Tuesday, September 28, 2010

Riders in the Storm: Prologue

The impatient machinations of modern life can still be brought to a halt by a storm. Cars, airplanes and trains may persevere through a minor squall. People may don rain coats and wield umbrellas through nigh horizontal rain fall. But this movement is not indomitable. The sky can make an offering to the earth that will wring the patience out of even the most peaceful traveller. In such a tempest, air traffic controllers clock out and go home. Police stop their patrols and those caught out and exposed seek shelter in any place that can provide it. For all human beings, at some time, need shelter from a storm.

Those who were attentive took the first drops of rain and the crooked wind for the harbingers that they were and pulled into the last tavern for miles. The highway was well travelled but this was the bare stretch, a straight road reaching from the desert to the plains. At one end, darkness. At the other, the dim dying light of the sun and dark clouds that already were emptying themselves in the distance. A hostile horizon.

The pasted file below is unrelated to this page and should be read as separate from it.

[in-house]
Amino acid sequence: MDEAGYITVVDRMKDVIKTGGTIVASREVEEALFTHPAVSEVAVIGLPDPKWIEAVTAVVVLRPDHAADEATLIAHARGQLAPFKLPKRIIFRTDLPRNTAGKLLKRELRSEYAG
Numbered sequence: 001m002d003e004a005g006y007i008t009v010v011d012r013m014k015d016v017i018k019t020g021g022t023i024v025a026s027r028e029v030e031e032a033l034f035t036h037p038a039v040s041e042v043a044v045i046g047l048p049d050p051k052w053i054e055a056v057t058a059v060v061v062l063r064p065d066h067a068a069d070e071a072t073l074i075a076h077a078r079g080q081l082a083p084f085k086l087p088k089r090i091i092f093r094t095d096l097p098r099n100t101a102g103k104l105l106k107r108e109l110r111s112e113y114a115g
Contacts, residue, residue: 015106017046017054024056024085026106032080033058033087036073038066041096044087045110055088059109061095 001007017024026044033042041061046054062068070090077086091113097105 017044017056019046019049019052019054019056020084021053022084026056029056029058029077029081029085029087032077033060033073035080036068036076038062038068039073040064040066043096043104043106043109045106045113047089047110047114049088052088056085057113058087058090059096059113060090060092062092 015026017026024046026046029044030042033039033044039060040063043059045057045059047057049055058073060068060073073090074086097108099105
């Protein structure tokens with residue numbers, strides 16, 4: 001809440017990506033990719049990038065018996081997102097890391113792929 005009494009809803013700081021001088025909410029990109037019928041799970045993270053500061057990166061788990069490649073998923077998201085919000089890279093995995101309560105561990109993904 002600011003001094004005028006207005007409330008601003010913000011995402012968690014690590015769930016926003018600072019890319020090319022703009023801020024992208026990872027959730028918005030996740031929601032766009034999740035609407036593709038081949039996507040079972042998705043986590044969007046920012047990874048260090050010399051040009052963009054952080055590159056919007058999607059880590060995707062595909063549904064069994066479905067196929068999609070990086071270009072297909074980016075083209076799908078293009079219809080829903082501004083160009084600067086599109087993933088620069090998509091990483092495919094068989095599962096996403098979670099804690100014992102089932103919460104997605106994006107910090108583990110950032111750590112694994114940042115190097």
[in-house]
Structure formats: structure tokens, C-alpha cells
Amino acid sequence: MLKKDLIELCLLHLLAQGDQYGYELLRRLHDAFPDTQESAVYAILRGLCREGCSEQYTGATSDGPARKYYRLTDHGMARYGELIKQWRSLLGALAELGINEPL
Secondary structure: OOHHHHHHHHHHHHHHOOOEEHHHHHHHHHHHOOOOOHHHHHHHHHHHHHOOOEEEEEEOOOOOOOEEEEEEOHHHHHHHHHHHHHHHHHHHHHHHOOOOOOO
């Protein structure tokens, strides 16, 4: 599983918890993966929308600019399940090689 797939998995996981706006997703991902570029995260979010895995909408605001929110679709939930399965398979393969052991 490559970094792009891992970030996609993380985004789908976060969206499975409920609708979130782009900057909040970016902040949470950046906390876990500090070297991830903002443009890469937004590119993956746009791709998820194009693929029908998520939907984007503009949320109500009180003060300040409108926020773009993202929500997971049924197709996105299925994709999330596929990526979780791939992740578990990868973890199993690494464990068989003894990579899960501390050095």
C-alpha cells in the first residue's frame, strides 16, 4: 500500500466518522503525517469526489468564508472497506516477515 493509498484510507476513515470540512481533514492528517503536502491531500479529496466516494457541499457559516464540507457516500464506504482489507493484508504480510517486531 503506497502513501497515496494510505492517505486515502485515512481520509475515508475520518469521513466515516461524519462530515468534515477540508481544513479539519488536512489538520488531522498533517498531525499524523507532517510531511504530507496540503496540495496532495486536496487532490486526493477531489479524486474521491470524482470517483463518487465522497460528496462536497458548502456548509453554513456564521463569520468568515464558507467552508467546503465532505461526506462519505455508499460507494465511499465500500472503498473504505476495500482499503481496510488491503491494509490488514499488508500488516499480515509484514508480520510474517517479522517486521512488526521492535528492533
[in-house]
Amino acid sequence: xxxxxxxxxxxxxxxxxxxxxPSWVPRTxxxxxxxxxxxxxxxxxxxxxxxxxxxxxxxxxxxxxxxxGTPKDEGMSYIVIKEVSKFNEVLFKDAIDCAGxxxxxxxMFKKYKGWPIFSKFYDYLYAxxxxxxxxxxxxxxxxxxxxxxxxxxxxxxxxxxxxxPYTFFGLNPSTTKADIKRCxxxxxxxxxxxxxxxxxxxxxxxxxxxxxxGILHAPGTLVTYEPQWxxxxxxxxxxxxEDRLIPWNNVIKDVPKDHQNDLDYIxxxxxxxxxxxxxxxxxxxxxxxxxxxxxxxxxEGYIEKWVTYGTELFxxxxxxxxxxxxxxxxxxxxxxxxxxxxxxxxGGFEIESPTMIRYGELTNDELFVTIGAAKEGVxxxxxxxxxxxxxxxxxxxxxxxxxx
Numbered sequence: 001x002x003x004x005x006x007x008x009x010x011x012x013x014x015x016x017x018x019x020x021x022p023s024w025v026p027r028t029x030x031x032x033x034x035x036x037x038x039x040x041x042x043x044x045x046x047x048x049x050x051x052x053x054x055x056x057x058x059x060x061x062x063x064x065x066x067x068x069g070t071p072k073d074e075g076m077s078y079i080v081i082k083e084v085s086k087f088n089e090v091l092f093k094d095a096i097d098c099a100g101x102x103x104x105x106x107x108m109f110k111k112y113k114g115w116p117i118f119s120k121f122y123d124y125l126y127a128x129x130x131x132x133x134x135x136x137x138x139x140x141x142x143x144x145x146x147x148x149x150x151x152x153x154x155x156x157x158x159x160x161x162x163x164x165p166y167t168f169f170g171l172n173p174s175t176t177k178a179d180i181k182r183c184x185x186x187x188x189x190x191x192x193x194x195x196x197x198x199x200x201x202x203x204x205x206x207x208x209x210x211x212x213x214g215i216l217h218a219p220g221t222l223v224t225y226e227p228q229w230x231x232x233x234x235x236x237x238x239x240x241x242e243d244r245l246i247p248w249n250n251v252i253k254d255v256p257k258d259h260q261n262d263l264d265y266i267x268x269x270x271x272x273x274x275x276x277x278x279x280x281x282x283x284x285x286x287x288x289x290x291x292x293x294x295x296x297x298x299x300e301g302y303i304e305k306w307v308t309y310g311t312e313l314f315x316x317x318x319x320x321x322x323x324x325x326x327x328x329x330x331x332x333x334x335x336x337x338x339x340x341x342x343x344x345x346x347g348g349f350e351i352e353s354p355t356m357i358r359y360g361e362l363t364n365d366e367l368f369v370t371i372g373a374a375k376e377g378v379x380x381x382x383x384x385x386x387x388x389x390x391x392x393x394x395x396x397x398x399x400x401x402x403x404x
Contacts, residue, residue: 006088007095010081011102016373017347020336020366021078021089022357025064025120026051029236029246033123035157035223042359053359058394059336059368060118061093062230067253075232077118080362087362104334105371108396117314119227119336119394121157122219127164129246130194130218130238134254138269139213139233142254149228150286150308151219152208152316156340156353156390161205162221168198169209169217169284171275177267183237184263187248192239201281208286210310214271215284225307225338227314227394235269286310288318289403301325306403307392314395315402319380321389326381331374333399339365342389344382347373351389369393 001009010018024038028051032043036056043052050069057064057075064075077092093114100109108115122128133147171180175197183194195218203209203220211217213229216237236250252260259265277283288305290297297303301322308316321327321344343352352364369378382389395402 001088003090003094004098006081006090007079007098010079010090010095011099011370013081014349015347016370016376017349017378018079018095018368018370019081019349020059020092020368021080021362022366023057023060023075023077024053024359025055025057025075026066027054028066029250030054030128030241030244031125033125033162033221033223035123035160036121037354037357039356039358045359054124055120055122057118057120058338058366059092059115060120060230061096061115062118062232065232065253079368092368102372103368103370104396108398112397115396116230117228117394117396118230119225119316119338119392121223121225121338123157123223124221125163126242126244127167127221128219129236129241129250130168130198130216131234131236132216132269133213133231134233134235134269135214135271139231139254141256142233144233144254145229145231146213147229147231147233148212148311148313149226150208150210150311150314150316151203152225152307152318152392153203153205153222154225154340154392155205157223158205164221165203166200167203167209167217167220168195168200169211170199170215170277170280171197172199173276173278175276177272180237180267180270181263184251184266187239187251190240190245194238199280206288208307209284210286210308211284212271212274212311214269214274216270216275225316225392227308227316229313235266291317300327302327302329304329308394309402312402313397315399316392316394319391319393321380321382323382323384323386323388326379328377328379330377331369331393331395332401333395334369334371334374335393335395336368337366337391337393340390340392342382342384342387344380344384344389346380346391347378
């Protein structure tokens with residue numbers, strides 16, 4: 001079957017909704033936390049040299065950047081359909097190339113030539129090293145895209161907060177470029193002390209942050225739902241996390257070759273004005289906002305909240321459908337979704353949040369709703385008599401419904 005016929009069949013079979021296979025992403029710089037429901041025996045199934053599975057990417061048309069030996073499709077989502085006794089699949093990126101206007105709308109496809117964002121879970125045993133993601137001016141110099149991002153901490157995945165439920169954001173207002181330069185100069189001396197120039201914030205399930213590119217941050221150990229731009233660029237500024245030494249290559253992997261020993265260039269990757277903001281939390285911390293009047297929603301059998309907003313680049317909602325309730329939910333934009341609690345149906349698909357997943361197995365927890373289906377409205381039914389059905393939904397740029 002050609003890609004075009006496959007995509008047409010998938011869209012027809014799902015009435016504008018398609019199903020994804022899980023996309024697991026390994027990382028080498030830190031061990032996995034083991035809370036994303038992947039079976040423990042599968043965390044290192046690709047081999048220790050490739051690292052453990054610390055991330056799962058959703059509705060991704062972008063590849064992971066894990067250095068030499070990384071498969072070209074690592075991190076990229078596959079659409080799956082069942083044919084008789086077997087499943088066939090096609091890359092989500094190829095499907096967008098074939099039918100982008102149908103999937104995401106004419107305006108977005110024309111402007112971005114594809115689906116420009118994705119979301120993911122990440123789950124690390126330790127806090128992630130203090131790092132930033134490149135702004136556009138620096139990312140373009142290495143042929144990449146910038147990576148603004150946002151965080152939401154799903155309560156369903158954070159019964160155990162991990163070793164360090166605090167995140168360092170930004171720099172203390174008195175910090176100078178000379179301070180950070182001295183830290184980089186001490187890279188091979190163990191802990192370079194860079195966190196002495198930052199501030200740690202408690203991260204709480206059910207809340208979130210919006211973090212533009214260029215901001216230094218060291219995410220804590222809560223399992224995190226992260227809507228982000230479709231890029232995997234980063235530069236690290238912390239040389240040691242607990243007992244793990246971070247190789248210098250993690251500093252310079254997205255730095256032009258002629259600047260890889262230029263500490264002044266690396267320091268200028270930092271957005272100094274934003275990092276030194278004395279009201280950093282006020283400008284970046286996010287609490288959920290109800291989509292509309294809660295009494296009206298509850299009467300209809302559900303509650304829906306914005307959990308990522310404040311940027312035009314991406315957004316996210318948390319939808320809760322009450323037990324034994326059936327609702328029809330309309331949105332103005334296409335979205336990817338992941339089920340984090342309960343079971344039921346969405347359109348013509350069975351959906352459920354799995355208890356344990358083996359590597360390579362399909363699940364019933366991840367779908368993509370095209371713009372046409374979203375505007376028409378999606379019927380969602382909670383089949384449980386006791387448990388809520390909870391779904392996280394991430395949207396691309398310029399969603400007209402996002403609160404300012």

The roadhouse was also an inn and its last vacancy had been filled when the emergency broadcast system sent out its warnings on televisions and car stereos. Shortly after that, the road went silent and the disparate voices of those who travelled it now crowded the ears of an unprepared bartender. Others sat at tables with their eyes turned to the tv for news of the weather. Three men had resigned themselves to their confinement and sat defeated in a poorly lit booth in the corner along the wall. Upon their table sat bottles of beer, some motorcycle helmets and cell phones that had lost their signals miles ago.

The murmur of the bar was brought to silence for a moment by a thunderclap that shook the earth. The windows lit up as it sounded and the drizzle of drops atop the vaulted roof became a pounding. Children clutched their parents and lovers interlocked fingers. In the corner, the riders sighed and one of them spoke out.

“Who’s got a good story?”

The man with the black helmet said that yes, he might have a tale and when the second round came he began to tell it. 


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